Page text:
Let’s put this into detail:
You should send 5 or 6 messages which must be solely focused on providing your new connections something interesting and relevant to their industry or adding value to their job function before asking for a phone call or anything that could lead to a sale. These messages should be based on their industry – so if your prospects is involved with Data centres – send them something about Data Centres .
I’d recommend you only send these messages around 2-3 times a month. You don’t want to come on too heavily when you’ve only just met them.
There are basically three types of messages you can send:
- The follow-up after connecting – Good idea to send right after you connect. Thank them for connecting, and invite them to join your group.
- The article/feature resource suggestion – Send them a link to a magazine article or other online resource that would be beneficial to them in their work life.
- New Discussion suggestion – Inform them about a particularly interesting discussion in yours or other group, and invite them to participate.
There should be a mixture of Item 2 or 3 type messages in particular.
Depending on how useful those suggestions are will determine how successful you are. If you point them to an article where they actually take action will build trust in your relationship in a big way.
Step 6: Get them out of LinkedIn and into your own lead gen system!
LinkedIn is a brilliant place to make new connections, build relationships and demonstrate your HVAC Industry knowledge and expertise, but realistically you can’t actually directly sell them your HVAC/M&E products or services on LinkedIn – it’s just not the right place. So what you have to do is to take them out of LinkedIn and point them to an external Lead Generator that you have created and operate
What you could do is to try to schedule a phone call/meeting or invite your leads to a webinar. This guy Neil Patel is an expert US Marketer and does it particularly well.
So, how do you get them off LinkedIn?
Firstly, it will take take you 1-3 months to send those 5-6 messages – as I said earlier this is not an immediate quick sales lead generator, it’s a long-term process, but it does pay off.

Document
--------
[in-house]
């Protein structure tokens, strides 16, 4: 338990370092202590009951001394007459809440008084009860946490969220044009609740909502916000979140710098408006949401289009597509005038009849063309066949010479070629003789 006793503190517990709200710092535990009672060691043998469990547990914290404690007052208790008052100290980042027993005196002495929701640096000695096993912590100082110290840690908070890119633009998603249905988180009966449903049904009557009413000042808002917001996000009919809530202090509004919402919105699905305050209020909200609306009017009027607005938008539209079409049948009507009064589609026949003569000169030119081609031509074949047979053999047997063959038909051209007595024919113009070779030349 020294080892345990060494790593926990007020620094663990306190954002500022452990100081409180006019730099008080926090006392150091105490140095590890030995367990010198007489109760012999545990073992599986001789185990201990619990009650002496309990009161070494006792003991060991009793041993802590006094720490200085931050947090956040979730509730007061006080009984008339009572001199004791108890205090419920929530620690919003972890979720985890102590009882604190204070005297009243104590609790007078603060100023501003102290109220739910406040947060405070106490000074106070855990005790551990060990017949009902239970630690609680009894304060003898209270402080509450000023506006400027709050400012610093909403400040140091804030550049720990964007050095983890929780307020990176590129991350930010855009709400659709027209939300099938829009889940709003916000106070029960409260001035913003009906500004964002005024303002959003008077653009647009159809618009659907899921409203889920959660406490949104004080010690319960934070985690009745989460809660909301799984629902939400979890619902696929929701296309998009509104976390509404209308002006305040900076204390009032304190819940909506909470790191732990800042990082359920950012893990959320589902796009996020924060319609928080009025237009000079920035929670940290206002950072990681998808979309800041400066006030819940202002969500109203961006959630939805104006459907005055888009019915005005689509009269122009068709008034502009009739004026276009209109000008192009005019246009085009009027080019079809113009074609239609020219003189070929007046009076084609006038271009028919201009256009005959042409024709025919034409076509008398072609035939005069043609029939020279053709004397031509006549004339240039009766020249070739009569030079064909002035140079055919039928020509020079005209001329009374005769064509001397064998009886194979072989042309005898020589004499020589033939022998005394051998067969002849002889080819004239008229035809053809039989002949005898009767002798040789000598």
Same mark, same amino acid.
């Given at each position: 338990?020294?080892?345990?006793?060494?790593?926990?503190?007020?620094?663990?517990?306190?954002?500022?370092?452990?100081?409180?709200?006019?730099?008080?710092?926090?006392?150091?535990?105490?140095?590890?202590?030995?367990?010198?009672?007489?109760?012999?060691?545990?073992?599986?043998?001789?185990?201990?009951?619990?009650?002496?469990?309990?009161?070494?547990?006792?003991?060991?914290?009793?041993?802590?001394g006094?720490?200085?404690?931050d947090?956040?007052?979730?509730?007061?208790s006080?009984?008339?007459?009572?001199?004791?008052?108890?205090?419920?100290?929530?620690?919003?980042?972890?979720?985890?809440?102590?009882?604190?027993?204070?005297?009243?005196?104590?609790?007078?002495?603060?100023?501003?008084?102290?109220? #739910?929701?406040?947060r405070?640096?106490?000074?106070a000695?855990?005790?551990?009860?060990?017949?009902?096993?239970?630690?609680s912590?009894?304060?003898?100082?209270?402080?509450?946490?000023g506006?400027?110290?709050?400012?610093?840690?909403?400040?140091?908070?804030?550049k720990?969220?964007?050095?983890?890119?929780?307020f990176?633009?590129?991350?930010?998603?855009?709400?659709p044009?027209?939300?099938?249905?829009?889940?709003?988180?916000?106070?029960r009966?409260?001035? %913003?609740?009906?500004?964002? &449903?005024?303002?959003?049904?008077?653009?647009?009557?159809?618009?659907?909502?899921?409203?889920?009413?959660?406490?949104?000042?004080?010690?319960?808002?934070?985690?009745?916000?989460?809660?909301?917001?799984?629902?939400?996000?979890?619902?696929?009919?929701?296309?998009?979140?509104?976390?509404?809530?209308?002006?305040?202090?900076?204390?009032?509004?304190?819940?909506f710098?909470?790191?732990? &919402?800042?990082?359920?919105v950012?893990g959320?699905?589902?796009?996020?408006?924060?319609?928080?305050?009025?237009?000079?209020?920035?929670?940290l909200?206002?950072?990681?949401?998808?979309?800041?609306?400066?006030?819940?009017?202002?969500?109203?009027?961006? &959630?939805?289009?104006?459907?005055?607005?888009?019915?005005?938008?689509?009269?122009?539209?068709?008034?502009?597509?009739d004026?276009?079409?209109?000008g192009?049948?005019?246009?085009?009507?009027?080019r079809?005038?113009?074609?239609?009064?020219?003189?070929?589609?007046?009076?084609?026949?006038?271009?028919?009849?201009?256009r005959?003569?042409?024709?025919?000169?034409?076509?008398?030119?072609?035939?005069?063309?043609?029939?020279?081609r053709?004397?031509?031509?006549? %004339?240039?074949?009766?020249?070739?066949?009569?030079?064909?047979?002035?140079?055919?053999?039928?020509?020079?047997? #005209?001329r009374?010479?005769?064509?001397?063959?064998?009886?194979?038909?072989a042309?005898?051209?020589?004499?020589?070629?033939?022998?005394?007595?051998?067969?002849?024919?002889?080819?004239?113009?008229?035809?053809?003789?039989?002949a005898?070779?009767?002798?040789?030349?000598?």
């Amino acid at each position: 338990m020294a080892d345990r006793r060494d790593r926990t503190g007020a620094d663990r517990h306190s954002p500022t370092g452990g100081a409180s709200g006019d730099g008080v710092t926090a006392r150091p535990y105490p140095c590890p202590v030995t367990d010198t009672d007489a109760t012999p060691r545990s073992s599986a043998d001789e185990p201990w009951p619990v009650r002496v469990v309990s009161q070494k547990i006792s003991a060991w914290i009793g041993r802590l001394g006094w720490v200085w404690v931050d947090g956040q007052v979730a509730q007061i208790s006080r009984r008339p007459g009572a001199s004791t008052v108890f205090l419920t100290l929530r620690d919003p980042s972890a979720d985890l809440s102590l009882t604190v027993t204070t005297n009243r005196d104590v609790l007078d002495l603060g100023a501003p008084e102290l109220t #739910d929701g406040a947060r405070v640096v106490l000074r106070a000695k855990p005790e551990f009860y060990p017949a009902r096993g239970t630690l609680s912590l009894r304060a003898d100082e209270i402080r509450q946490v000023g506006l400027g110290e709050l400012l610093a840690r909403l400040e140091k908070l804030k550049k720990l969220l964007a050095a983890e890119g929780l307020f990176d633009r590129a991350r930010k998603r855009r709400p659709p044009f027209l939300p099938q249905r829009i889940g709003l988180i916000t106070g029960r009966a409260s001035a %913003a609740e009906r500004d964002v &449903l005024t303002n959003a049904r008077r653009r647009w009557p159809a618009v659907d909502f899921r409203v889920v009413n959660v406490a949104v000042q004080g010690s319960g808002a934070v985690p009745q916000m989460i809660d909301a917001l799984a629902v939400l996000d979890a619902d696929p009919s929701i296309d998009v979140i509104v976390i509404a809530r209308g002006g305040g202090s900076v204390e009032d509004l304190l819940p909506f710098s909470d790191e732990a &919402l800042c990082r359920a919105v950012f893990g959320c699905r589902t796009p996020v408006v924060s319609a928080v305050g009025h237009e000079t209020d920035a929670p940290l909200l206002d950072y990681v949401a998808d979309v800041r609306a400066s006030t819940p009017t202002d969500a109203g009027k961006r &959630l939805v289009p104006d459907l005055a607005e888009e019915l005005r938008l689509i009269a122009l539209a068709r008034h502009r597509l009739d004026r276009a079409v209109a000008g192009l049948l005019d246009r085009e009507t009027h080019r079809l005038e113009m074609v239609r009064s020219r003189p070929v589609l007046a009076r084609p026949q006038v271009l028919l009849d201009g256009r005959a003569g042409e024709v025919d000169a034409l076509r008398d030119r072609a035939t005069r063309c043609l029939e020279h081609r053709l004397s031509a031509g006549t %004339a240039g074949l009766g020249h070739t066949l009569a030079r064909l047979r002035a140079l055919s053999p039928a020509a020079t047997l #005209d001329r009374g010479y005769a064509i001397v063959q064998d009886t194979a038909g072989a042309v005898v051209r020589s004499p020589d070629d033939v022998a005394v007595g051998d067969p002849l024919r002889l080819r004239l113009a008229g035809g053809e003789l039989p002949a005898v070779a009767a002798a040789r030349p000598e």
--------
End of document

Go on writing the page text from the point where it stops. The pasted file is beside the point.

So the next thing is that after you’ve sent those messages and built-up the trust and relationship, send them another brief message like this:
Hi (name), I’m glad we connected a few months ago. Hopefully you found the articles and features useful that I sent you recently. It’s been great getting to know you and your business a little better. Would it be OK if I gave you a quick call at some point to see what’s happening with your business? Does next (week) work for you?
It’s not a too pushy sales request, however this might not work as some people still think your’e just trying to pitch to them.
What should you do when it fails: Not every prospect will agree to a sales call. Therefore put them in a category of connections that you will need to take a longer term approach. They could still become a lead later, but at the moment it’s clear that they won’t. Keep a list of all these people and keep in touch with them by sending them monthly messages highlighting the best discussions in your group or the best resources you’ve come across.
You won’t have to put in as much effort as you do with your other more interested prospects, but don’t give up on these either, so you will have to continue to nurture them.
LinkedIn is the best social media site for finding people in B2B HVAC/M&E sales.
This article follows a pretty simple strategy that you can use to get leads. When you’re done with your initial hit list, create a new one. Keep repeating it so that you have a consistent source of high quality leads.
Linkedin has a great feature that allows you to find your perfect type of client and it then saves that into a “saved Search” and then emails you automatically when someone matches your criteria and then adds them automatically to your saved search
The process isn’t too complicated to complete the strategy, but it takes a lot of work and time.
Learning to fish is great. But it can take time, and you probably won’t catch too many fish in the meantime. What if you don’t have time to sit in the boat all day with a load of empty beer cans and watch the fish not getting onto your hook? Or maybe you just don’t want to learn how to fish?
That’s probably when you start exploring other options.
Getting visible to customers in LinkedIn is no different. You can always learn how to do it, but maybe you’ve had enough of fishing, and now just want some leads.
That’s what my “done-for-you” LinkedIn lead generation service is for. It’s for you if you don’t have time to do all the legwork yourself.
Whats the cost?
I can help get your business more visible on LinkedIn. I’ll take care of 90% of the work, and will discuss the progress with you for the final 10% that I just can’t do for you – like your personal stuff. It’s a one-time investment of £495 + VAT
Want to get started? Just call us on 01252 413596
If you have any questions about this strategy, let me know! Leave me a comment below, and I’ll try to answer them for you